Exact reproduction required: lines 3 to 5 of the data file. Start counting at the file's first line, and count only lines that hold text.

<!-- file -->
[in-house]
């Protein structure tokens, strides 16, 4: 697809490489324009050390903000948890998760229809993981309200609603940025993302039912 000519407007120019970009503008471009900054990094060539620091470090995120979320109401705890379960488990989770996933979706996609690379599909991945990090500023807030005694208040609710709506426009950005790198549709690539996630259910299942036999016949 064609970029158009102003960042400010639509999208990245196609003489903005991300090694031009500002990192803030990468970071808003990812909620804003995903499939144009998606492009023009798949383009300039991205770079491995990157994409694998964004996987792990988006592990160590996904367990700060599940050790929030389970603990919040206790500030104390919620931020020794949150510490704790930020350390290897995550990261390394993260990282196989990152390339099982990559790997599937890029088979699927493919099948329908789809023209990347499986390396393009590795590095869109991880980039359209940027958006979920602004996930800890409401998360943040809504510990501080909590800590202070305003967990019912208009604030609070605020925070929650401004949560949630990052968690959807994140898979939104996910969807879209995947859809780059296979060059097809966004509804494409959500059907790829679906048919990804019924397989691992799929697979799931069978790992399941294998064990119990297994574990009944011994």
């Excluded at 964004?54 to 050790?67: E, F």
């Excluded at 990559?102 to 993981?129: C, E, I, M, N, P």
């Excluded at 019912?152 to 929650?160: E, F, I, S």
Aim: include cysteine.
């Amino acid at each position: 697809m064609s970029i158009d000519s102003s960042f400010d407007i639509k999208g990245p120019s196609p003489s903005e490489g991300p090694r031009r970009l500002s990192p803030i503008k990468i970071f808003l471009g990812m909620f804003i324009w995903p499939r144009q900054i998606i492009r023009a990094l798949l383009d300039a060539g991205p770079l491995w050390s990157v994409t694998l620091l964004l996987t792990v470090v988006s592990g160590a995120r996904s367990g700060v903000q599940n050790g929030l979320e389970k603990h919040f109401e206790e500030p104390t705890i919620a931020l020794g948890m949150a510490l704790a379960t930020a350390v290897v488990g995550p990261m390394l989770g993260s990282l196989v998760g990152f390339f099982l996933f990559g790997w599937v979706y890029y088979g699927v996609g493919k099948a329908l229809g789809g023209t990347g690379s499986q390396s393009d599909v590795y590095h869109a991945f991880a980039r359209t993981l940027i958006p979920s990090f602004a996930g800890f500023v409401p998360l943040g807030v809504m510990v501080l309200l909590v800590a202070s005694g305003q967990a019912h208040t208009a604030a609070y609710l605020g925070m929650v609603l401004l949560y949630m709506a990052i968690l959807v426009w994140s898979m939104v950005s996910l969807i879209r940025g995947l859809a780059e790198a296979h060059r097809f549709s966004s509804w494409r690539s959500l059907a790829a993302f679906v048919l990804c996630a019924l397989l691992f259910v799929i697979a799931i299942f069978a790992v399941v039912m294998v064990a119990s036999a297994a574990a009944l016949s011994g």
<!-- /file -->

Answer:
């Excluded at 964004?54 to 050790?67: E, F």
């Excluded at 990559?102 to 993981?129: C, E, I, M, N, P």
């Excluded at 019912?152 to 929650?160: E, F, I, S």